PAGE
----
m a r k e r i c k s o n p a i n t i n g s f a m i l y a r t
Lots of family painting history in Greenwich Village, New York City where my grandmother, Blanche (Nathan) Hesslein and my mother, Bernice (Erickson) Hesslein painted in Washington Square Park in the 1920's through 1950s.
I will begin posting photographs from this period. All are in black and white and all quite interesting.
MacDougal Street and MacDougal Alley in Greenwich Village were favorite places for them to work. They often showed their paintings in exhibitions in and around the park and they both had a studio on MacDougal Alley in the 1930s & 1940s.
Blanche and Bernice spent considerable time painting outdoors in the lush park with trees swaying and birds flying in the middle of that public square in New York City.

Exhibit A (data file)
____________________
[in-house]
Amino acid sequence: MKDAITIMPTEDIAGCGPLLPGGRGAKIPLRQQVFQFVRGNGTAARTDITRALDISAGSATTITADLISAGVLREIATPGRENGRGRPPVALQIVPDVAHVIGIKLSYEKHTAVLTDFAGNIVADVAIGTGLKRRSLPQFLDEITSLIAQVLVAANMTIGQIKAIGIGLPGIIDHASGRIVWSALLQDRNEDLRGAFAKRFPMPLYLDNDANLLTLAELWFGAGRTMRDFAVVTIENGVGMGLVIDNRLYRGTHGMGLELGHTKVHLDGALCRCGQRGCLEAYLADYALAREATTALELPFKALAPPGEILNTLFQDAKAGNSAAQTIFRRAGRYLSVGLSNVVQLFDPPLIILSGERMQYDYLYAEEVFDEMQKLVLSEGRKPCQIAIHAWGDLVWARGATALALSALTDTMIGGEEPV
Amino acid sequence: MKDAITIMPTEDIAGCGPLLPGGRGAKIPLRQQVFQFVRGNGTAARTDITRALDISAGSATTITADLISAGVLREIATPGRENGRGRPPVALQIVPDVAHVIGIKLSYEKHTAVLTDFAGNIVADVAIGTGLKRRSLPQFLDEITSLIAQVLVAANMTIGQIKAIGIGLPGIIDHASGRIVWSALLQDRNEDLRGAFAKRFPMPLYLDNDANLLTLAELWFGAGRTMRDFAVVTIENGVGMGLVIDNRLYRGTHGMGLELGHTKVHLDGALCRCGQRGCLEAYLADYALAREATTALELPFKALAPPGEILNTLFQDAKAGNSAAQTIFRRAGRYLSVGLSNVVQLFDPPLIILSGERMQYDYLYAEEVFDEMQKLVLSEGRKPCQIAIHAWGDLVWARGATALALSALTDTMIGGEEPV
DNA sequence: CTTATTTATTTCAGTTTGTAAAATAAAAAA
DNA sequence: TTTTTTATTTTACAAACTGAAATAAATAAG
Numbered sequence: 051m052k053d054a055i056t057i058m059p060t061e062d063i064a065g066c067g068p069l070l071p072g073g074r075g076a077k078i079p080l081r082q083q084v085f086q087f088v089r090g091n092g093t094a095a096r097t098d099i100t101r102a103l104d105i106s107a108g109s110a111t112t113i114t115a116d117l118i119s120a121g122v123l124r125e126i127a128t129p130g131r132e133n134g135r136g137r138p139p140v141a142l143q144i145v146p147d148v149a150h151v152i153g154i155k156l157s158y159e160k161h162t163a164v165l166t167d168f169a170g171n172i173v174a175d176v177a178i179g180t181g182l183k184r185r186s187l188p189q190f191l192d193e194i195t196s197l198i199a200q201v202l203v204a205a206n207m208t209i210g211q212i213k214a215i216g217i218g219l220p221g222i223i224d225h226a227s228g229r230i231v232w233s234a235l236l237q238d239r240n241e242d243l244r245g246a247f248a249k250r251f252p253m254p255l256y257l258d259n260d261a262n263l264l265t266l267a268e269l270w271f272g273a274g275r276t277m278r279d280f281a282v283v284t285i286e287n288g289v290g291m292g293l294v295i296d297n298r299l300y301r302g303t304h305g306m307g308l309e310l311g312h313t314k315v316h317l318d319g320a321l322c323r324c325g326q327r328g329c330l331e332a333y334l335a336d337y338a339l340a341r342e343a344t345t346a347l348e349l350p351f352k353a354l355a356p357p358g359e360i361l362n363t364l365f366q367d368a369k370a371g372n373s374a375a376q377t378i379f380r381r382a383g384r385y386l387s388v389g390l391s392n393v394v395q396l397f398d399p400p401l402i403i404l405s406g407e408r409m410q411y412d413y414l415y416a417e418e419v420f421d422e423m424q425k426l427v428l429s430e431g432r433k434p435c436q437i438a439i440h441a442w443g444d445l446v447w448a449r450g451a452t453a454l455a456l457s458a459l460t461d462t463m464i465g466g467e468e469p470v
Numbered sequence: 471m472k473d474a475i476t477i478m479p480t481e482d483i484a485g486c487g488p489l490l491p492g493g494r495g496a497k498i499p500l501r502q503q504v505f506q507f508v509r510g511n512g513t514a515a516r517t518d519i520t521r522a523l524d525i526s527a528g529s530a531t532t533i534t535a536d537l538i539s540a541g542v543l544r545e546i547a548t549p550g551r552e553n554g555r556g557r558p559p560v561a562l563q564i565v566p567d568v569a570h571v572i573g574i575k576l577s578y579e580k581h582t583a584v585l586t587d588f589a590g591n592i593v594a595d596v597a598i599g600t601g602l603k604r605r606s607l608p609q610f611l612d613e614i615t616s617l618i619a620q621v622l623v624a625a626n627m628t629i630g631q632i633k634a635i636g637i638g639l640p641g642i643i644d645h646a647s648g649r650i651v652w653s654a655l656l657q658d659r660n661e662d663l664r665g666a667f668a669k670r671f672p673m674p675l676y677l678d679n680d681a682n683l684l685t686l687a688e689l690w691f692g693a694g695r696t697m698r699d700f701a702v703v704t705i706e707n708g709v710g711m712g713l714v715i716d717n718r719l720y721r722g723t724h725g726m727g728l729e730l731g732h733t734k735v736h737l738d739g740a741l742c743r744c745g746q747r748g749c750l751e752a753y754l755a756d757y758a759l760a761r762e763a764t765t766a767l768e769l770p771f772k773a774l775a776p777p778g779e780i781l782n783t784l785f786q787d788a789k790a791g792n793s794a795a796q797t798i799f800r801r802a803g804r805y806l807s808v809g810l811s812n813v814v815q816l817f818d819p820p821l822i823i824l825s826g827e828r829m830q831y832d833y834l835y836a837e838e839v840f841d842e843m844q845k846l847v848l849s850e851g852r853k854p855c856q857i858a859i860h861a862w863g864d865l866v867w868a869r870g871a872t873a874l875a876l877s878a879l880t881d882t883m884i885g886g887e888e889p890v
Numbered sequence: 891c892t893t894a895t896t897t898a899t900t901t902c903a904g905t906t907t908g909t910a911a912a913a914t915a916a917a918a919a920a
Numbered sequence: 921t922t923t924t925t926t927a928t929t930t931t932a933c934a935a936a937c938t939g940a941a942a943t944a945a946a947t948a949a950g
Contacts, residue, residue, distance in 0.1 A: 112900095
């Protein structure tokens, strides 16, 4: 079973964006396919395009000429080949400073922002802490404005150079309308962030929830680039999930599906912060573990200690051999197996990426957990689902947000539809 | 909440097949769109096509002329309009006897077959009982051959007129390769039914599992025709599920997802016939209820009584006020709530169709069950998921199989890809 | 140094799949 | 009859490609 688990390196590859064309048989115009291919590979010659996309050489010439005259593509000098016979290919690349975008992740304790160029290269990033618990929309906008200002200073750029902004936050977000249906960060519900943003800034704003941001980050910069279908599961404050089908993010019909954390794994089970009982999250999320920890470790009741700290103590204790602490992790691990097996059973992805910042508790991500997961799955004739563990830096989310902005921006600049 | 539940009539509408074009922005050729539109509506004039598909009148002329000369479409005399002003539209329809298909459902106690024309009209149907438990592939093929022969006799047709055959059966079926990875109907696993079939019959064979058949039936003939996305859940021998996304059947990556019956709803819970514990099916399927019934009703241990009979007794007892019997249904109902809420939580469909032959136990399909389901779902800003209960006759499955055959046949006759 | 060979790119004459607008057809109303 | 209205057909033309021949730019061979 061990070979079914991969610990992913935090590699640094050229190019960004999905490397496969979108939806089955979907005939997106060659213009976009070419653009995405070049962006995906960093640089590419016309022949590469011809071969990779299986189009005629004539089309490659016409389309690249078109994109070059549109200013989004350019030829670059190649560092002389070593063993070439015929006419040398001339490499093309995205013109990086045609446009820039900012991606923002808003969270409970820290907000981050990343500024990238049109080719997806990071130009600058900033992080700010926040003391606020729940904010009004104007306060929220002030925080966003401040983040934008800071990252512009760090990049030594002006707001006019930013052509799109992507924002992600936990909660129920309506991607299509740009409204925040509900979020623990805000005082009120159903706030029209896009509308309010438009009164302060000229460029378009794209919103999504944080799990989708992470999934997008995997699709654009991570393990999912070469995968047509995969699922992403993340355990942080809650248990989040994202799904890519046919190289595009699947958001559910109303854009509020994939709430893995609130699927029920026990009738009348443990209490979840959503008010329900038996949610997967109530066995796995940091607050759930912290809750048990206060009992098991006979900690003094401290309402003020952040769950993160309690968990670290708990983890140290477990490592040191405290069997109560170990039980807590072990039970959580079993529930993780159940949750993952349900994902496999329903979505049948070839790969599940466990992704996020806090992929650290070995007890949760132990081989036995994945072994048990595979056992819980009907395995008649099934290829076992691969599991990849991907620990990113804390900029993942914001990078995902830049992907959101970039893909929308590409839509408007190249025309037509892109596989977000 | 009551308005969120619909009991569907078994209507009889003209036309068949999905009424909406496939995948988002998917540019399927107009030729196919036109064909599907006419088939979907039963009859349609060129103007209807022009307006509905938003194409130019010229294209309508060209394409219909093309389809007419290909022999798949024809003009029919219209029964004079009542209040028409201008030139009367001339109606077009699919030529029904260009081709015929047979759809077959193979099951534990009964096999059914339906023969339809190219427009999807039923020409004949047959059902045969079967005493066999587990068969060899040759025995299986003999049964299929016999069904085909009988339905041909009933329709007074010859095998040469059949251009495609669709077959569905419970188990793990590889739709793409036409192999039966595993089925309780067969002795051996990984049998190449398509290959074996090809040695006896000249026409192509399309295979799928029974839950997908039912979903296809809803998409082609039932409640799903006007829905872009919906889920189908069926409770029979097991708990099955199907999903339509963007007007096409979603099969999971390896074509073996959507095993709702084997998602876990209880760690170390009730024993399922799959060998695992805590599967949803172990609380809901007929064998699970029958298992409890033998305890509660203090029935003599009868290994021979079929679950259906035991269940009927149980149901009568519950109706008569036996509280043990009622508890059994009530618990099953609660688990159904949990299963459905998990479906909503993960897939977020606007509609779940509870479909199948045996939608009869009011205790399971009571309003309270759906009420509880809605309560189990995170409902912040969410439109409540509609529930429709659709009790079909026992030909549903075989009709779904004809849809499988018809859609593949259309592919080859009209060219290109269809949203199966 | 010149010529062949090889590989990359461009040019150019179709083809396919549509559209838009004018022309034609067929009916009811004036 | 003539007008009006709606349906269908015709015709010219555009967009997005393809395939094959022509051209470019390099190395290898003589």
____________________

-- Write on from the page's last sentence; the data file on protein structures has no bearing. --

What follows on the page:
MacDougal Alley is a dead-end off MacDougal Street, south of West 8th Street. The Alley was established in 1883 to house stables for the townhouses located there at the time, some are still standing. From 1949 to 1950 Jackson Pollock lived at Number 9 on the alley. Poet Edward A. Robinson and sculptor Gertrude Vanderbilt Whitney, founder of the Whitney Museum also lived along the alley. MacDougal Alley is one of the final Manhattan streets lit by gas lamps.
The alley and street were named for Scottish-born Alexander MacDougal (1732-1786), an original Son of Liberty who was imprisoned in 1770 for writing a pamphlet denouncing restrictions the British had placed on trade in the colonies. He received so many visitors that his jailers had to make an appointment list. During the Revolutionary War he rose to major general, later represented New York State in the Continental Congress, became a state senator and the first president of the Bank of New York.
MacDougal Alley - Greenwich Village
oil on canvas 1940
MacDougal Alley Greenwich Village
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